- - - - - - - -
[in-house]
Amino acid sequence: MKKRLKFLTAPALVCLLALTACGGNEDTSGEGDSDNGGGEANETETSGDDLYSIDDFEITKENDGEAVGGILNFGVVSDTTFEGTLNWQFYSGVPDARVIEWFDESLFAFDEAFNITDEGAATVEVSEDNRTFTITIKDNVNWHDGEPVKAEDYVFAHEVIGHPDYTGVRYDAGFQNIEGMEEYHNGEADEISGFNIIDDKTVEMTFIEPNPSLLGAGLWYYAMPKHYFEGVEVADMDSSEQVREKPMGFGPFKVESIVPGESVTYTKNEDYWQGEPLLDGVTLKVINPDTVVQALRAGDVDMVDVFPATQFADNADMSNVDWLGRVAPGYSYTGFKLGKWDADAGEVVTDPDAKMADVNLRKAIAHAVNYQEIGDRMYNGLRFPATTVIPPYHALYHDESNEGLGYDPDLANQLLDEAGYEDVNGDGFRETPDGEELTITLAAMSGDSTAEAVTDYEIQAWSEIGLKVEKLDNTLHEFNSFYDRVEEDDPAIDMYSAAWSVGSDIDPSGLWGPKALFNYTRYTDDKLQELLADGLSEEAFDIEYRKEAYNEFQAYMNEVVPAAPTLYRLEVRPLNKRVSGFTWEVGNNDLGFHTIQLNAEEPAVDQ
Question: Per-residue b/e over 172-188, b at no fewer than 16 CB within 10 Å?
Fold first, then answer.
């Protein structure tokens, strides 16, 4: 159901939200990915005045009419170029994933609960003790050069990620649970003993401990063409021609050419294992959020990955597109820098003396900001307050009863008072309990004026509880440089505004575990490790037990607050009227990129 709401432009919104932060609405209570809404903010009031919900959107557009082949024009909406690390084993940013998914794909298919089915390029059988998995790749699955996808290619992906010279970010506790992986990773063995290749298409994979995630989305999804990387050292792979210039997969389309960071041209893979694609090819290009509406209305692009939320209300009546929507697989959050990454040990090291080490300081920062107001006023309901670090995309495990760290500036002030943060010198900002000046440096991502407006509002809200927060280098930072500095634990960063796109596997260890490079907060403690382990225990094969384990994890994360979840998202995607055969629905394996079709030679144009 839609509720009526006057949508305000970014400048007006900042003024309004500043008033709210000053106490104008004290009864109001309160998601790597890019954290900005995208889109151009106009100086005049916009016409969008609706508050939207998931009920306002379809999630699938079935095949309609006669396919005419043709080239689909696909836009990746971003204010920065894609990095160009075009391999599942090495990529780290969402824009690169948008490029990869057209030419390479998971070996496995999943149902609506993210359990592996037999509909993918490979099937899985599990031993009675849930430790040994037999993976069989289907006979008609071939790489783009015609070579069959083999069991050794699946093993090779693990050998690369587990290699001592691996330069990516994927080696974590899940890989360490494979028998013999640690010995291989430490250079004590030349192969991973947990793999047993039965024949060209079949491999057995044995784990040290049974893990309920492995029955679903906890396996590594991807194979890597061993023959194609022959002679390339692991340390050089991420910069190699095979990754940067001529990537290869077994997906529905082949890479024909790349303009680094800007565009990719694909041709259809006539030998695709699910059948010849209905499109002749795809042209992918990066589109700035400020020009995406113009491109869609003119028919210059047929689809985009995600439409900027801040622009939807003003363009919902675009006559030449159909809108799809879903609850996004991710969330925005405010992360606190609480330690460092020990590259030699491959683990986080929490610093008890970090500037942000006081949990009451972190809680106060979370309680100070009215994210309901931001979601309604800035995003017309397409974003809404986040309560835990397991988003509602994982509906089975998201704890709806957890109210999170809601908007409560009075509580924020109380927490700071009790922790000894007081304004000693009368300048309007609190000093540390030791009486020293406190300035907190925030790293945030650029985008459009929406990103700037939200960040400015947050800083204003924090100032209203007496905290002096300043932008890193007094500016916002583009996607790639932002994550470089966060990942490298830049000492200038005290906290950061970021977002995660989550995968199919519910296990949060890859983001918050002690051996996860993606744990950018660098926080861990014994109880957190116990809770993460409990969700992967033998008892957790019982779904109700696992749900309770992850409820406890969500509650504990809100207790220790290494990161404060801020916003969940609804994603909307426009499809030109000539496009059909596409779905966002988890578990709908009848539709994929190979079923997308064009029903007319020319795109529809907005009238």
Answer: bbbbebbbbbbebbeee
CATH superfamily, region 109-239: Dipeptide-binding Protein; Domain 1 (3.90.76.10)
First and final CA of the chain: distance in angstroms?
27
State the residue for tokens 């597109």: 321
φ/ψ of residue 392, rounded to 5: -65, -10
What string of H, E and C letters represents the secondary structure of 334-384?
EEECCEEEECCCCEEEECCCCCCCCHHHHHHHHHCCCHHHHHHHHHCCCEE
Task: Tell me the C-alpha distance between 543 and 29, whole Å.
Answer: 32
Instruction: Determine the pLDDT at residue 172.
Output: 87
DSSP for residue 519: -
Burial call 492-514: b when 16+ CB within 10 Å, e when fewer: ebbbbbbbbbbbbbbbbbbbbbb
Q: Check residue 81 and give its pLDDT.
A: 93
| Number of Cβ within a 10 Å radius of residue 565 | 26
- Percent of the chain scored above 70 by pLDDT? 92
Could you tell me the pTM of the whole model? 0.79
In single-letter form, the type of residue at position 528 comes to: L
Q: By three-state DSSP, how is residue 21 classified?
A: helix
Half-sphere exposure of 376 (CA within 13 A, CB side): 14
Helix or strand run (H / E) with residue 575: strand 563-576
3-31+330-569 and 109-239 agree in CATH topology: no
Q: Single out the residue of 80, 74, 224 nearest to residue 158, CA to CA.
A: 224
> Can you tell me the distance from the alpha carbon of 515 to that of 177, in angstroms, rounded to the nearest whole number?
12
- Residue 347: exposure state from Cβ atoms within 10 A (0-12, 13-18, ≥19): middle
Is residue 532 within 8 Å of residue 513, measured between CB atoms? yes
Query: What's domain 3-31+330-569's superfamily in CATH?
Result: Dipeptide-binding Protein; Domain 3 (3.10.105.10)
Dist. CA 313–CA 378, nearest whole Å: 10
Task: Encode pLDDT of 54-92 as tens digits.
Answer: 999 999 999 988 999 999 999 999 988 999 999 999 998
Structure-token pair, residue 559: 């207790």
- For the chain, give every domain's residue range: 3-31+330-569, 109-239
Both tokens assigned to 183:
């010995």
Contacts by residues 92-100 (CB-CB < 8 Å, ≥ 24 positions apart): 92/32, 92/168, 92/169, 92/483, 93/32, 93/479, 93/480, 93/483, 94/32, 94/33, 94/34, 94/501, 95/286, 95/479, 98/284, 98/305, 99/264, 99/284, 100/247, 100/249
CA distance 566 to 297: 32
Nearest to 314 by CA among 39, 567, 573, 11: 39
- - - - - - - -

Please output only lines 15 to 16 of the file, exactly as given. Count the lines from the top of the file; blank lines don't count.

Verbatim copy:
Answer: 32
Instruction: Determine the pLDDT at residue 172.